Lapid slams ‘antisemitic’ UN report accusing Israel of violating international law

Prime Minister Yair Lapid on Friday morning slammed a United Nations report accusing Israel of violating international law, as part of an ongoing inquiry into alleged rights abuses in Israel, the West Bank and the Gaza Strip following last year’s 11-day fight between Israel and the Hamas terror group.

“Precisely because I was not prime minister at the time of Operation ‘Guardian of the Walls,’ I feel obliged to emphasize: The UN report on the operation is biased, false, inciting and blatantly unbalanced,” Lapid said on Twitter, referencing the 2021 conflict.

“Not all criticism of Israel is antisemitism, but this report was written by antisemites (as Israel has already revealed) and is a distinctly antisemitic report,” he added.

The United Nations’ ongoing Commission of Inquiry released its second report on Thursday, calling on the Security Council to end Israel’s “permanent occupation,” and on individual UN member states to prosecute Israeli officials.

The 28-page document, which will be presented to the General Assembly on October 27, accuses Israel of violating international law by making its control over the West Bank permanent, and by annexing land claimed by the Palestinians in Jerusalem and the West Bank, and Syrian land in the Golan Heights.

“Actions by Israel constituting de facto annexation include expropriating land and natural resources, establishing settlements and outposts, maintaining a restrictive and discriminatory planning and building regime for Palestinians and extending Israeli law extraterritorially to Israeli settlers in the West Bank,” reads the report.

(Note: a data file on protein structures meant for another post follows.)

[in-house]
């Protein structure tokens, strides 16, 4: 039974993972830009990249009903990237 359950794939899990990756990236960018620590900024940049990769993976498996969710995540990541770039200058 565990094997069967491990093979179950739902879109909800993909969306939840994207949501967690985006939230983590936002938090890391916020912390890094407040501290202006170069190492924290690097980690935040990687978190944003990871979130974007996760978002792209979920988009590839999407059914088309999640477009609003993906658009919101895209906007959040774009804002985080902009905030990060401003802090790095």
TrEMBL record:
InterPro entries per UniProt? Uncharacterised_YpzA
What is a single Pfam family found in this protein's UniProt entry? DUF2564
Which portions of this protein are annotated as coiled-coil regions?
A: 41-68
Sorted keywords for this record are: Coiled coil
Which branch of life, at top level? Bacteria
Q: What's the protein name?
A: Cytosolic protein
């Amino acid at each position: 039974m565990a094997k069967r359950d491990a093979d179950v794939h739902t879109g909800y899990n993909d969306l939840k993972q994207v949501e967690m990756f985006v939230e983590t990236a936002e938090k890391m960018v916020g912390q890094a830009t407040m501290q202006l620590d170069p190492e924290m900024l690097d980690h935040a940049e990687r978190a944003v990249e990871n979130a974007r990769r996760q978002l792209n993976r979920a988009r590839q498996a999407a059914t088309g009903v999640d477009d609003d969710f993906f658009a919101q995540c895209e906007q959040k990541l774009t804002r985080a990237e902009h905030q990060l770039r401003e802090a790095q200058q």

Israeli security forces guard as Palestinians make their way through an Israeli checkpoint near the West Bank city of Bethlehem, on April 22, 2022. (Wisam Hashlamoun/Flash90)

It also accused Israel of discriminatory policies against Arab citizens, of stealing natural resources and of gender-based violence against Palestinian women.

The commission cited “reasonable grounds” to conclude that Israel’s presence in the West Bank “is now unlawful under international law due to its permanence” as well as the Israeli government’s “de facto annexation policies.”

“By ignoring international law in establishing or facilitating the establishment of settlements, and directly or indirectly transferring Israeli civilians into these settlements, successive Israeli governments have set facts on the ground to ensure permanent Israeli control in the West Bank,” said Navi Pillay, a former UN human rights chief who chairs the commission.

UN High Commissioner for Human Rights Navi Pillay speaks during a news conference at the European headquarters of the United Nations, Geneva, Switzerland, on Monday, December 2, 2013. (AP/Keystone, Salvatore Di Nolfi)

The report does not mention the words “Hamas,” “rockets,” or “terrorism.”

Israel has refused to cooperate with the commission and has not granted it entry into Israel or access to Palestinian-controlled areas in the West Bank and Gaza.